The tenth UEFA-backed Homeless World Cup is underway in Mexico City, and is showing how football's massive appeal can help homeless people to change their lives.
UEFA is one of the global partners of the competition, which features 59 teams and will be played until 14 October, culminating in a final in one of three custom-built street soccer stadiums in the Plaza de la Constitución, Mexico City. The objective of the 4v4 street soccer event is to fight the exclusion suffered by the homeless and to encourage them to seek better futures, while also drawing attention to the problem of homelessness across the world. The participants regain self-confidence, with studies showing that the lives of more than 70% of the players changed for the better after taking part in the competition.
The Homeless World Cup was founded by Mel Young from Scotland and Harald Schmied from Austria, who came up with the idea at a conference on homelessness in Cape Town in 2001. They both believed that it was possible to change the lives of homeless people through football, and two years later in 2003, the first Homeless World Cup tournament took place in Graz, Austria.
The Homeless World Cup supports grassroots football programmes and social enterprise development via a network of 73 national partners and celebrates its work by organising this annual football tournament that unites teams of homeless people from countries around the globe. As part of its social responsibility activities, UEFA has backed the Homeless World Cup from the beginning, and the tournament has grown considerably since that first edition in Graz.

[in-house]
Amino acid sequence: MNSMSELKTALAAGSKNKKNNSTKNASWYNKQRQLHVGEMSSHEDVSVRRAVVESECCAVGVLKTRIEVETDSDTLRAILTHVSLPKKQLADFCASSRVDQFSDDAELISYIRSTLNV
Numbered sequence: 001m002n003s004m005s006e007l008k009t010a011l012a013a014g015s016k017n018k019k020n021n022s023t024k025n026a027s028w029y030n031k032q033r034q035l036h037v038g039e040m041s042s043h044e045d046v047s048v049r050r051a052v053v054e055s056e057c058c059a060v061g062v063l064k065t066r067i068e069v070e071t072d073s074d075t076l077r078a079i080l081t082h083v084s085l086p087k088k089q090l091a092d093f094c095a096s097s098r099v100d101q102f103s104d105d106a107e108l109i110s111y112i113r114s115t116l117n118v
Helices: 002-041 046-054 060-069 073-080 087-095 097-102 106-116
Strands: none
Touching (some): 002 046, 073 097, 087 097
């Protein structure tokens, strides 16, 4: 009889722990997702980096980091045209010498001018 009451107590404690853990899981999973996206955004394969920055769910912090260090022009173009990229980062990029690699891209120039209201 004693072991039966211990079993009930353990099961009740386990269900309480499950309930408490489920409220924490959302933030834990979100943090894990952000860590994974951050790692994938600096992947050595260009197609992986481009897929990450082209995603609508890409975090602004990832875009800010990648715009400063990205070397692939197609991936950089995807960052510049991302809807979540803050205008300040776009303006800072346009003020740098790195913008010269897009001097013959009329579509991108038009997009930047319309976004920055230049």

The tournament creates an opportunity for players to play for their country and meet and build relationships with homeless people from other countries. It also changes people's attitudes to homelessness – in all cities where the tournament is held, people who are homeless report improved relations with the public. French legend Eric Cantona is the Homeless World Cup ambassador.
Organisers took the opportunity to explain the competition's raison d’être at last week's UEFA seminar on corporate social responsibility in Sarajevo. "You are without shelter, you have lost everything, you have no self-esteem, you don't know where you're going to sleep at night," said Homeless World Cup chief executive Craig Campbell. "Then, the chance comes along to have a game of football – perhaps you played it when you were young – and you realise then how much you enjoy it." From there, for some young homeless people, the road leads to participation in the Homeless World Cup. "Change can happen,” Campbell added. "You are representing your country, and you go home with a new sense of identity."
©UEFA.com 1998-2013. All rights reserved.